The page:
Catherine's Reviews > Black White & Jewish

Black White & Jewish by Rebecca Walker
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Sep 01, 08

bookshelves: fp, 2008, nonwhite_us, judaism
Read in September, 2008

I liked the beginning of this book less than I'd hoped to, and the end much more than the beginning led me to believe I would. Confusing, perhaps.

After reading Walker's Baby Love, and the record of her relationship with her mother falling apart so spectacularly, I wanted to read the book that was - for Alice - a large part of the cause. In the end, the Alice here is not the dragon I had expected to read about. She's withdrawn and self-controlled and there are glimpses of her depression, but she seems cold only when provoked by outsiders who are racist jerks. I wonder if what Alice objected to was the lack of meaningful talk about her work - a work that, in Rebecca's autobiography, is simply 'out there', being done, requiring book tours from time to time; not something explored or necessarily valued. But then I'm not sure that any child necessarily would understand what writer is, was, and can be?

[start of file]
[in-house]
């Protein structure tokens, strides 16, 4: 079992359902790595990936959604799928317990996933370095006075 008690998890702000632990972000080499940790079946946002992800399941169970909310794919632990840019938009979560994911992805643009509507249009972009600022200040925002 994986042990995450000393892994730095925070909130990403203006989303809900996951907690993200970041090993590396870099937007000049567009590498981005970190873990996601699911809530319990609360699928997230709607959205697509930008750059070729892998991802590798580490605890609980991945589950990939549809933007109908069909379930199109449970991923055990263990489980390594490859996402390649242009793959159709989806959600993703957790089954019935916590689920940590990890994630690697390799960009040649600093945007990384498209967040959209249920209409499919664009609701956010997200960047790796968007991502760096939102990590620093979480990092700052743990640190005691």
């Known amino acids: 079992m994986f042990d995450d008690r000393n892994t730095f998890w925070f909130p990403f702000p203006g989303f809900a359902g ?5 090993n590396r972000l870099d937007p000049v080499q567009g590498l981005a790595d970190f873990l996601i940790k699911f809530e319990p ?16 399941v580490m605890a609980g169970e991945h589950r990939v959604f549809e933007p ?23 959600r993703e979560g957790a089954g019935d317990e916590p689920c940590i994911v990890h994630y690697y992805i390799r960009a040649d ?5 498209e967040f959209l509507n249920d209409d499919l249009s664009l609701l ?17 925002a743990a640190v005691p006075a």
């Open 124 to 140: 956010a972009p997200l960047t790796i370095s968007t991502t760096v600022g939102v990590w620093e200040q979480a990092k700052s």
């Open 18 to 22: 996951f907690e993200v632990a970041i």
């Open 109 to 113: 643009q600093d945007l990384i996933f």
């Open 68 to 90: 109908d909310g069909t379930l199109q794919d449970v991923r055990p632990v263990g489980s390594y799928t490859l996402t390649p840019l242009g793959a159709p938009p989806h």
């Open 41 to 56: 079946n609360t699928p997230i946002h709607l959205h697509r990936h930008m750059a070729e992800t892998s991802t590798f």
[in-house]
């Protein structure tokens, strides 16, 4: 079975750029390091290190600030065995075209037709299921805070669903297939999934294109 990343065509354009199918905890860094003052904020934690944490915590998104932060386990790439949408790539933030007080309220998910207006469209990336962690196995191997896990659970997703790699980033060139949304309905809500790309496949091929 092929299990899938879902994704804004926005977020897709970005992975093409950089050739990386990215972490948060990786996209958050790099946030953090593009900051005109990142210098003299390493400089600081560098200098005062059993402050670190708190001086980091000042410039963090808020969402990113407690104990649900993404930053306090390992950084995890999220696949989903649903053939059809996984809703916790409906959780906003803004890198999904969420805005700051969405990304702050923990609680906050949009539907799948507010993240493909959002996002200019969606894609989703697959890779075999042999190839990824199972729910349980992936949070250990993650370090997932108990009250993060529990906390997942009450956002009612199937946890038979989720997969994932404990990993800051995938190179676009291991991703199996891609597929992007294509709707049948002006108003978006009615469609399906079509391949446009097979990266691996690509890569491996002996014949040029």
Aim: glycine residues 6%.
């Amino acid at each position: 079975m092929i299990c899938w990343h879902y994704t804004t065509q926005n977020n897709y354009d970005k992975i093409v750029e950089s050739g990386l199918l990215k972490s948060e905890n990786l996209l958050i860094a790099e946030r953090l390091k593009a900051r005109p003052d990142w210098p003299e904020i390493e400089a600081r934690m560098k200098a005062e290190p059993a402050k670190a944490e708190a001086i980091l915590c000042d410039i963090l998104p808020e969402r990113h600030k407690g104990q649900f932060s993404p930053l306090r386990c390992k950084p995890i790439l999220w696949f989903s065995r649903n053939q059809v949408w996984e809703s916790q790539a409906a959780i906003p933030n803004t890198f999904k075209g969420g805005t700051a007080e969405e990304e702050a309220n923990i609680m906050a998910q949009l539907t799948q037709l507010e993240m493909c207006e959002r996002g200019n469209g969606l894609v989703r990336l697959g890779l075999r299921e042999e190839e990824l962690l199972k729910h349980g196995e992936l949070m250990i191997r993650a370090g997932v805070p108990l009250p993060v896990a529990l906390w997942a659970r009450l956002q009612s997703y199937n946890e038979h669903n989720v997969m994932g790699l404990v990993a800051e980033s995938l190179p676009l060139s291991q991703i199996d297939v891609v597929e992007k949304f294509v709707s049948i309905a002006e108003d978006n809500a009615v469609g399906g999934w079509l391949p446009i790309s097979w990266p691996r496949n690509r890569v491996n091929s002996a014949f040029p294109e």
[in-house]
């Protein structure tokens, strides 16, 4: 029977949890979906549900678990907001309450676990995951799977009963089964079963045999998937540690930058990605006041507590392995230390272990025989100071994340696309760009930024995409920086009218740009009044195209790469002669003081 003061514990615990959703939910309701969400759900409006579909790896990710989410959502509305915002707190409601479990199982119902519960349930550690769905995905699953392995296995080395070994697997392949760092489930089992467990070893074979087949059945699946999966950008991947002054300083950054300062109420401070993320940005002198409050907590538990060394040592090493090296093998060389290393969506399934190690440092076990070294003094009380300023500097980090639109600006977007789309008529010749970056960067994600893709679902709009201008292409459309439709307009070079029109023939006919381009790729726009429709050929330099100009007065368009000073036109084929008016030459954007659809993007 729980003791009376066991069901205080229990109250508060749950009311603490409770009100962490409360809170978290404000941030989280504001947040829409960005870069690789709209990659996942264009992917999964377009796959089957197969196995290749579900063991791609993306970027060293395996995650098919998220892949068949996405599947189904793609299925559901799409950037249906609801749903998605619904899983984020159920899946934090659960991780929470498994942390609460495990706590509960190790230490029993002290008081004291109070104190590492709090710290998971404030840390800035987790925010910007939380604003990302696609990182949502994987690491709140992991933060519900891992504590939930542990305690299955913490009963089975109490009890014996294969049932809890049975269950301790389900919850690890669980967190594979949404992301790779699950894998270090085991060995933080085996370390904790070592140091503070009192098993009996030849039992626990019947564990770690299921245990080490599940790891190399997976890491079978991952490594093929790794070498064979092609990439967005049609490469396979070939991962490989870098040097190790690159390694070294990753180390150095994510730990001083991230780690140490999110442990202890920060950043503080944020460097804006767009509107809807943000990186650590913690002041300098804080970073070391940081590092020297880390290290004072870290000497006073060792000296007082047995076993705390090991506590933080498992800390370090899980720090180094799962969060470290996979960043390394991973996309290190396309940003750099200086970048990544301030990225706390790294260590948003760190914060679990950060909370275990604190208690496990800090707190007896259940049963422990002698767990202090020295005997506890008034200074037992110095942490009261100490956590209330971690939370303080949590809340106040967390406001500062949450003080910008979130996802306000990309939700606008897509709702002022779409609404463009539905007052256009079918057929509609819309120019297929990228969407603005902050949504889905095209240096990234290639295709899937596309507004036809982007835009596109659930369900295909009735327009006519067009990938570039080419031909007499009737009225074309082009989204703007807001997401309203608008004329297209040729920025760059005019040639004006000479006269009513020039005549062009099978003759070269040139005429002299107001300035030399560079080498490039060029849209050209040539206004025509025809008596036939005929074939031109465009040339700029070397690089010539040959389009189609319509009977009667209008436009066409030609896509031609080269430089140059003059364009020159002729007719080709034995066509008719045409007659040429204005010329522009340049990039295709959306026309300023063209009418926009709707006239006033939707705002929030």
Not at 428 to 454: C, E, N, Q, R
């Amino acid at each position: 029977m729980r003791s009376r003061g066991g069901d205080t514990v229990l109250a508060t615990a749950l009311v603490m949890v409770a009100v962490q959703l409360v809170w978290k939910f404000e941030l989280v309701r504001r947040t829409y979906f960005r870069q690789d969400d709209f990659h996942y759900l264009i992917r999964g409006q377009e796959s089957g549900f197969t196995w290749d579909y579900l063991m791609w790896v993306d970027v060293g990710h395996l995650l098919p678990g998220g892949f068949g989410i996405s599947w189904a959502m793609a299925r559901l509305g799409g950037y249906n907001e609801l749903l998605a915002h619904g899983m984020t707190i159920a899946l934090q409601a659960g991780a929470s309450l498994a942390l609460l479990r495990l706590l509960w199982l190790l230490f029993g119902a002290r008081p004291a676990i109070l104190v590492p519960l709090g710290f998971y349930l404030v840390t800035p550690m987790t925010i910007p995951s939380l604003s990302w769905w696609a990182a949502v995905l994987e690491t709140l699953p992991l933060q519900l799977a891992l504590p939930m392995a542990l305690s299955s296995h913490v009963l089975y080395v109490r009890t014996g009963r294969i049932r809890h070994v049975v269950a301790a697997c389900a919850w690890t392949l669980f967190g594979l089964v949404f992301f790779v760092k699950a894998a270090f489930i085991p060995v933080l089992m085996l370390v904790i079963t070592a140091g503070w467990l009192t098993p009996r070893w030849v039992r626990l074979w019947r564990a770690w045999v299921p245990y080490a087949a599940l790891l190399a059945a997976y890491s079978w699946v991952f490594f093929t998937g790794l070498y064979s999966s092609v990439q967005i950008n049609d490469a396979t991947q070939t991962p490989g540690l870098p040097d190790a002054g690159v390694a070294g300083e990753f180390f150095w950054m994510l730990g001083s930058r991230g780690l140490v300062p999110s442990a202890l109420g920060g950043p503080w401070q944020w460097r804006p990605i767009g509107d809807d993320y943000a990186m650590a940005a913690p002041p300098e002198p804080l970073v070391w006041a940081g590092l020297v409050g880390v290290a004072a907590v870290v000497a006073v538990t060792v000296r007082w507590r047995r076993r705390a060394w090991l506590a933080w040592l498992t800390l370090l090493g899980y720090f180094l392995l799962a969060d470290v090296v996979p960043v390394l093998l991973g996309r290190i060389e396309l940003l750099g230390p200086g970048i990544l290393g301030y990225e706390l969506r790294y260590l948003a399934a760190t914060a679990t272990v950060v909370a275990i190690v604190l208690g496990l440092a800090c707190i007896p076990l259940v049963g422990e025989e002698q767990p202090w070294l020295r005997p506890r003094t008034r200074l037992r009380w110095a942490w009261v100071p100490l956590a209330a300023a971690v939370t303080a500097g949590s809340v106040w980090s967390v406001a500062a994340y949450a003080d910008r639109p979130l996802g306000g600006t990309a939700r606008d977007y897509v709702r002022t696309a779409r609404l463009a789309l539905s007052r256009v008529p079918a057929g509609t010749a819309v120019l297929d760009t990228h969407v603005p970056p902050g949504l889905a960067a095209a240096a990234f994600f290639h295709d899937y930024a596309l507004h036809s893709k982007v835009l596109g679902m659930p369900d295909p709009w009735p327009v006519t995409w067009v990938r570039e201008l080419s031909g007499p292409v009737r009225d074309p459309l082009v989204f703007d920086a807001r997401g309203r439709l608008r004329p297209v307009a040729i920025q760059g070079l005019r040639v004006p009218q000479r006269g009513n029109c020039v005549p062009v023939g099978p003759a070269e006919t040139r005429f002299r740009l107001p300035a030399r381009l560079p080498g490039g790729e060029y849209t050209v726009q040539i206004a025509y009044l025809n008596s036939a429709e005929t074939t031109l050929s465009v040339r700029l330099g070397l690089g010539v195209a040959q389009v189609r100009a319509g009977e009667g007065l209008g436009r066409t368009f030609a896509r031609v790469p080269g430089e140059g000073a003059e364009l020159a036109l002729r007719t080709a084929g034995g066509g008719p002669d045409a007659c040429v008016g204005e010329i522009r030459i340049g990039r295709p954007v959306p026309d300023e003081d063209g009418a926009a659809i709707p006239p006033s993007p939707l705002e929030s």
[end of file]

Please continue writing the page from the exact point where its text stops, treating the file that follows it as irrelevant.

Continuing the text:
The beginning of the book is so painfully self conscious about its literary worth that it was hard to gain traction with the story for the beautifully - painfully - careful construction of every phrase. There's a large gap between that prose and the childhood Rebecca describes, a dissonance I couldn't quite bridge. By the end of the book, the language matches the person described, and I felt more comfortable, invited in, sympathetic. Whether that was simply a result of feeling at home with the book, or the style, or the new subjects introduced, I can't exactly say. But the end is definitely worth the rest of the read.

I wish there'd been more analysis, more stepping back, more adult Rebecca present in the early chapters where she looked back on her life. I wanted her to tell her what Judaism really meant in her family, how her family honored being black, and there are glimpses of this, but nothing long and engaging. Again, this may be a question of me analyzing the book she didn't write rather than the one she did - especially as the end is avowedly analytical. I'm glad I read this, but feel left with no more real understanding of Rebecca's experience of being black, white, and Jewish than when I began.
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